I do need to get a bag of kitty litter to keep for messy situations all over the house. That stuff's handy, but one never thinks of buying unless they own a cat.
Steve
Reply to
SteveB
I did the same thing with a pint of kerosene a couple weeks ago. 1/2" of kitty litter killed the smell and pulled the kero out of the slab. That spot is now embarrassingly clean.
Reply to
Jim Stewart
Half a gallon of gas is a very large amount of gas spilled. It can produce a serious explosion.
First, do NOT use any switches (light switches etc). Do not open the garage door using your automatic opener. Open it manually by disconnecting the chain. Go to your breaker panel, assuming that it is not in the garage, and turn off the garage circuit.
Your cleanup plan makes good sense to me, paper towels, etc.As long as there is a strong smell of gas, there is a possibility of explosion.
i
Reply to
Ignoramus19948
Speaking of which...
I have a newly-poured shop floor that probably needs to be sealed before I move anything onto it. The contractor suggested painting it, but I'm a little afraid of creating a slip and fall hazard...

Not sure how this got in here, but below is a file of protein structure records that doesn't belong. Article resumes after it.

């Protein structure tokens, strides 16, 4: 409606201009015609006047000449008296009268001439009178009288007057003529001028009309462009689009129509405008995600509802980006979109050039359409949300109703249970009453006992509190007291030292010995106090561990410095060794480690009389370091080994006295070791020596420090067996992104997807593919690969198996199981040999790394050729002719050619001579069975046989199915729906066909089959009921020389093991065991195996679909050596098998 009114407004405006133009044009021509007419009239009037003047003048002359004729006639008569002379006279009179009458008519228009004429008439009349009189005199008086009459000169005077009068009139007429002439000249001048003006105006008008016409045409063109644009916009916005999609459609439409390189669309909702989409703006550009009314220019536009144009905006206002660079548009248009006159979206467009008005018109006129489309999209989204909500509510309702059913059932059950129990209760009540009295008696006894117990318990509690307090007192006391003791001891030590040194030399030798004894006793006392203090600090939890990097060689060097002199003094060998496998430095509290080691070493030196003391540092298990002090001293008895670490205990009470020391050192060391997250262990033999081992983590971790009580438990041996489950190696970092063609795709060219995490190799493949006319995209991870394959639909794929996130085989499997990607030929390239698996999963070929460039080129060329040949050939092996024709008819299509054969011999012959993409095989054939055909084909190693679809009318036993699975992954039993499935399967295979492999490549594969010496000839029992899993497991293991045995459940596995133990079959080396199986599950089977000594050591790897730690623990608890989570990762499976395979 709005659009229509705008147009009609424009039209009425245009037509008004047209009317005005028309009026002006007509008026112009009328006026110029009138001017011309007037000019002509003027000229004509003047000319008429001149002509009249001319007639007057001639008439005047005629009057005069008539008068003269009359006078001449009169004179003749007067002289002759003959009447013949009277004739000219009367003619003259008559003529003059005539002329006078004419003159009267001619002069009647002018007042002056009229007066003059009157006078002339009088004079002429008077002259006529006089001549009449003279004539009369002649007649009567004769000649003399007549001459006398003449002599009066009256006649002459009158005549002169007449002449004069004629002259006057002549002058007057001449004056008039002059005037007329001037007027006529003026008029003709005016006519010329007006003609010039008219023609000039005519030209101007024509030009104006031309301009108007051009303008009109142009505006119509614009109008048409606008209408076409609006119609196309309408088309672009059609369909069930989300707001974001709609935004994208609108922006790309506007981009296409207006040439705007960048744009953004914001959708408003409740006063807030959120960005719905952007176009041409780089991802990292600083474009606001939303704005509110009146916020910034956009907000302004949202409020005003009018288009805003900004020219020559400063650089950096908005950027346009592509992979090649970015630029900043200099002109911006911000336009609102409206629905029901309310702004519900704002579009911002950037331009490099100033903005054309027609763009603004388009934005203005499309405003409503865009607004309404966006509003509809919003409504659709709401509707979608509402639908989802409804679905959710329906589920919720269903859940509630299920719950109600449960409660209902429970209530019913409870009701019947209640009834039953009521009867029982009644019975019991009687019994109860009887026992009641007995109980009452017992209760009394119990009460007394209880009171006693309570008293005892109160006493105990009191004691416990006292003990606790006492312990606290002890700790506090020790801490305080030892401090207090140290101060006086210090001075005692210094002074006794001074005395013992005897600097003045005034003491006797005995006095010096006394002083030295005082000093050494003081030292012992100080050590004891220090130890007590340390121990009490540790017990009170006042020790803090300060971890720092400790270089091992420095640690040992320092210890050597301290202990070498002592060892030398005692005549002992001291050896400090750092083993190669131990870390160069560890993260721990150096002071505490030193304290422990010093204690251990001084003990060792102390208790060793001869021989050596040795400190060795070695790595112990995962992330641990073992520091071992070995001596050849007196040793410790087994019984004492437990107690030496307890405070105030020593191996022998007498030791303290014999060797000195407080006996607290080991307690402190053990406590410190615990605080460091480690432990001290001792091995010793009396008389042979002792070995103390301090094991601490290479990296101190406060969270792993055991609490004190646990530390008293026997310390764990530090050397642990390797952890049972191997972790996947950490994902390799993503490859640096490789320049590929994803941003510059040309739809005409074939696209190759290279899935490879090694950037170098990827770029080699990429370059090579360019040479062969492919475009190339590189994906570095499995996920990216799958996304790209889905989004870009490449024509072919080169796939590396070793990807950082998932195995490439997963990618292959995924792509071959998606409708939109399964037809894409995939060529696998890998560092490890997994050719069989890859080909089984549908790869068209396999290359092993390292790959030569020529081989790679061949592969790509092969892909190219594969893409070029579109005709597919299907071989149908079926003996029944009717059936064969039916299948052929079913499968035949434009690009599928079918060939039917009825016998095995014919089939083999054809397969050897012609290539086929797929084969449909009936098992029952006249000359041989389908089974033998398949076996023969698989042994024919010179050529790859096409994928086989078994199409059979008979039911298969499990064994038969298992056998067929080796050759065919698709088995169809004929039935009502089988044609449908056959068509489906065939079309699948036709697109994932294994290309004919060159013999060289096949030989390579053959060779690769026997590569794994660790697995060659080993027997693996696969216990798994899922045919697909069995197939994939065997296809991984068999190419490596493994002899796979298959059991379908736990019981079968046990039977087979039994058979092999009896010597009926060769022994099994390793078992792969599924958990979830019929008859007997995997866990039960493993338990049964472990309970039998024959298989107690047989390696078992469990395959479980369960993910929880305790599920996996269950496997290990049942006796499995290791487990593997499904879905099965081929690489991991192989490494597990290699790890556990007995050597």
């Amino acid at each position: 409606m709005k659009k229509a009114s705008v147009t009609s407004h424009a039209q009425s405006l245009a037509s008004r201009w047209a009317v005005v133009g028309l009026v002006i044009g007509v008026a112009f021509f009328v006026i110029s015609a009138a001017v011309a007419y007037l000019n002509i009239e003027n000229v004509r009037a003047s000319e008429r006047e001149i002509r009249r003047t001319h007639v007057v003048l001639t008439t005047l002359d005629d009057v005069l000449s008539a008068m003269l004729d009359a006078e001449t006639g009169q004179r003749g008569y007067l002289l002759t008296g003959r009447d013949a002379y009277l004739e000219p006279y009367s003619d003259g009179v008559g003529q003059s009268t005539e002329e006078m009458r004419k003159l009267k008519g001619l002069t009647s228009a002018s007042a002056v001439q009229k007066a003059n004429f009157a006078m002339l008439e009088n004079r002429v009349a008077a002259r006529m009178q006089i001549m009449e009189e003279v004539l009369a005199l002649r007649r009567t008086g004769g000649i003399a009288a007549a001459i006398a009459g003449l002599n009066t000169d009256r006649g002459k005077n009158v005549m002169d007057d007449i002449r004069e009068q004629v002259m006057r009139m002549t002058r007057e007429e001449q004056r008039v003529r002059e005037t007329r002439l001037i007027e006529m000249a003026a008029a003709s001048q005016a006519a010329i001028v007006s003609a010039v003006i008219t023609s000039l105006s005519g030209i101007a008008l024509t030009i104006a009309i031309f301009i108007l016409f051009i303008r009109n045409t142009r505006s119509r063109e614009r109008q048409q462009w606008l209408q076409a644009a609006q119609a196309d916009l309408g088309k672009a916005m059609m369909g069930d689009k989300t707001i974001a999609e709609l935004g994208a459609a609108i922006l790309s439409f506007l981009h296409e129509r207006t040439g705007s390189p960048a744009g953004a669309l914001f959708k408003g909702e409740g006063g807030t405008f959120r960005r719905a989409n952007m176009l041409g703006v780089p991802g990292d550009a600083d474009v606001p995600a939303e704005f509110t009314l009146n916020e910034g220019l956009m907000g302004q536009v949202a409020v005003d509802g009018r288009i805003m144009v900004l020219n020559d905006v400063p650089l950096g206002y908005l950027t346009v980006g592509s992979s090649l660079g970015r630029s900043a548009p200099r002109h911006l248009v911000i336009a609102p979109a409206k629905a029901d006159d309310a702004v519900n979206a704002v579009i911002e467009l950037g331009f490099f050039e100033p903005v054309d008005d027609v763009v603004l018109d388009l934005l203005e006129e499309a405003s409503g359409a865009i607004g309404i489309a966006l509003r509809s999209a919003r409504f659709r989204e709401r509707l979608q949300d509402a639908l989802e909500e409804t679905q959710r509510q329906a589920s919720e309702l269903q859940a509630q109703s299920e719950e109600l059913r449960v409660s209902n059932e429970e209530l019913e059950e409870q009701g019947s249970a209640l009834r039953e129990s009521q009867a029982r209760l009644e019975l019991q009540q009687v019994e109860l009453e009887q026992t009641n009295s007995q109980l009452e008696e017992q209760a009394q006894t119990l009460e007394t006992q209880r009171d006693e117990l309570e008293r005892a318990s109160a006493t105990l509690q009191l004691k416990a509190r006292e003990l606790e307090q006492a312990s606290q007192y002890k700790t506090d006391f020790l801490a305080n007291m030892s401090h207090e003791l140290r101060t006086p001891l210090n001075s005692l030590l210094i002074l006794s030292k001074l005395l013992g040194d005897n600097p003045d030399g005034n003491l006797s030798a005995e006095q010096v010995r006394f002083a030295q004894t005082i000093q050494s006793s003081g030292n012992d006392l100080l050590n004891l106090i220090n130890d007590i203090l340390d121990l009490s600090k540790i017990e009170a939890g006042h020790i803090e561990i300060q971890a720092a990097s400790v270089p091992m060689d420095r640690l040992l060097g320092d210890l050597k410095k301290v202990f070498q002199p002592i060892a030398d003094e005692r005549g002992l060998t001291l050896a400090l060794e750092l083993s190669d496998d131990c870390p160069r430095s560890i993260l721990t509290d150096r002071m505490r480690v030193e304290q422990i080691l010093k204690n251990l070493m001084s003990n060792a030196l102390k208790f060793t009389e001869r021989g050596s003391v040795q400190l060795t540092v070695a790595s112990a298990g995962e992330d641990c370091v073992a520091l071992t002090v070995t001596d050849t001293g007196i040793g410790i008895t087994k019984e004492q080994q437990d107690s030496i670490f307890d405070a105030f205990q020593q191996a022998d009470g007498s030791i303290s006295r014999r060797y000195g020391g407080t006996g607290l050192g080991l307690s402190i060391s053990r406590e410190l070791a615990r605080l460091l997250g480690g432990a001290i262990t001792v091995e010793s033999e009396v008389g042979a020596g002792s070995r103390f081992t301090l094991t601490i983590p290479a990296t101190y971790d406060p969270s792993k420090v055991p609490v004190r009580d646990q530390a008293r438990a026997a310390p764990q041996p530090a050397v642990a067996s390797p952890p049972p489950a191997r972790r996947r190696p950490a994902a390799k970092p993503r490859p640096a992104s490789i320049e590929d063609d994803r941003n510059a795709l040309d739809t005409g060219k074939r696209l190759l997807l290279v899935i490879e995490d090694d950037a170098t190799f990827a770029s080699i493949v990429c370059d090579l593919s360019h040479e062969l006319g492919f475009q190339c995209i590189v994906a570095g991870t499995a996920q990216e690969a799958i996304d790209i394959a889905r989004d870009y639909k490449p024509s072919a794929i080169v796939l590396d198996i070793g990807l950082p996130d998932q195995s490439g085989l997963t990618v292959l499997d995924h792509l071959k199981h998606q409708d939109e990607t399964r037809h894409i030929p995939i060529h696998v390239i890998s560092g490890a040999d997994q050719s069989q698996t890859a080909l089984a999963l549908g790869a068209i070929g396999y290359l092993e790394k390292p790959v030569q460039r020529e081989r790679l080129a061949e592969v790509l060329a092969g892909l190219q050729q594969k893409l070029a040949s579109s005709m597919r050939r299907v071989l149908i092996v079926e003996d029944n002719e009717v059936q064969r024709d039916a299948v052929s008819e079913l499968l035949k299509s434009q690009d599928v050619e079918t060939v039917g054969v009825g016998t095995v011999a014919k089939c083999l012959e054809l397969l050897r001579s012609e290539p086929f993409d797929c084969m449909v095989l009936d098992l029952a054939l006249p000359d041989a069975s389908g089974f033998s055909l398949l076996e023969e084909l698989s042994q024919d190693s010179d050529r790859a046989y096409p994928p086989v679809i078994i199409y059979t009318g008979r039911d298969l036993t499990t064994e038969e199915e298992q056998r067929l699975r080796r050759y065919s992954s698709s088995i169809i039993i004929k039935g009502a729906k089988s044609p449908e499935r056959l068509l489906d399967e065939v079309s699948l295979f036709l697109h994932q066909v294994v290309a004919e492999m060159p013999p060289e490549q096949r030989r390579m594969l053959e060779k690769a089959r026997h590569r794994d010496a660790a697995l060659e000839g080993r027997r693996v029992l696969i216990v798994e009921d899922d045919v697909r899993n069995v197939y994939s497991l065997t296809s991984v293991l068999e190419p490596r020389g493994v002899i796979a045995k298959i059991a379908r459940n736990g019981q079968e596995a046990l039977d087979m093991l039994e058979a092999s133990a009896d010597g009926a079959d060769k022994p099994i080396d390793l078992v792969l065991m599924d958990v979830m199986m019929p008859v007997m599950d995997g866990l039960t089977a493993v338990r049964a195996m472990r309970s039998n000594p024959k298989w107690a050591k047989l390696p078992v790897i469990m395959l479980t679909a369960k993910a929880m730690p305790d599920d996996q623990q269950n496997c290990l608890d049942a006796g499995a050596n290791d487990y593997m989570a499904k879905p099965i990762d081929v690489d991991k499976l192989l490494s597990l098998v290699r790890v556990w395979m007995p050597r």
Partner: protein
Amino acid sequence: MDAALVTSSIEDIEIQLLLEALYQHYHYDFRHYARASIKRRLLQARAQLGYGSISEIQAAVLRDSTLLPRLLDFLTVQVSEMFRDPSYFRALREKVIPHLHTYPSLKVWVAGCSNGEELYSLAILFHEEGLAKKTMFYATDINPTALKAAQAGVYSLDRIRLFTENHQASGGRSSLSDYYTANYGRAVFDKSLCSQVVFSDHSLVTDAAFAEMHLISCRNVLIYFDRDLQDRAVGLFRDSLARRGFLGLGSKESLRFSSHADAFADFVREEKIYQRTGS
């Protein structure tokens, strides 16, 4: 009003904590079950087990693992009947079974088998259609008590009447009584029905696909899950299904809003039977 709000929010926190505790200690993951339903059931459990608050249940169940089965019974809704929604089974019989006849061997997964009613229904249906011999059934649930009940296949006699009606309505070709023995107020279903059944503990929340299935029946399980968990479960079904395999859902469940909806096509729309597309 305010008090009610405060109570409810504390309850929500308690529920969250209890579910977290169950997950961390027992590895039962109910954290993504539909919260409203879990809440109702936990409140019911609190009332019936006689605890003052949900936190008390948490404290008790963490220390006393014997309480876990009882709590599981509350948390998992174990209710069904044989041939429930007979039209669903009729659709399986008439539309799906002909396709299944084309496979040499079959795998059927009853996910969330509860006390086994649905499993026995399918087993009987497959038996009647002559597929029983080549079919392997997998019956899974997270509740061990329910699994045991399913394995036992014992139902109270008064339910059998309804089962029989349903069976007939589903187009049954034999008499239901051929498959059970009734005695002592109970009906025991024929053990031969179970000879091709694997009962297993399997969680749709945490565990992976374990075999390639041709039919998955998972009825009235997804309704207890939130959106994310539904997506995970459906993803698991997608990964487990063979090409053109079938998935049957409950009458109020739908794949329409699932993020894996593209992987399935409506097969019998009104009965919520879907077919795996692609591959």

Anybody had experiences, good or bad, with various sealers?
Jerry
Reply to
Jerry Foster
seal it and then paint it. Depending on how smooth the concrete was finished you can add sand ingredient to the paint so that it will no be slippery when wet. The problem with the sand is that it makes it harder to sweep up since the roughness of the finish holds onto the dirt. Painting any floor is a matter of good prep work. If you dont prep it right the paint will not adhere properly and make a mess.
John
Reply to
john
On Fri, 29 Jun 2007 12:18:53 -0700, with neither quill nor qualm, "Jerry Foster" quickly quoth:
I painted my previously-sealed gar^H^H^Hshop floor and it's not slick at all unless oil or water are spilled on it. Just remember to be careful when it's wet. It doesn't make that much difference in slickness dry. I used a plain porch and floor paint which holds up to anything normal, but dragging things across it takes it up. It was 1/3 the cost and 1/20th the hassle of epoxy.
I've only used grout and tile sealers, but here's the 411: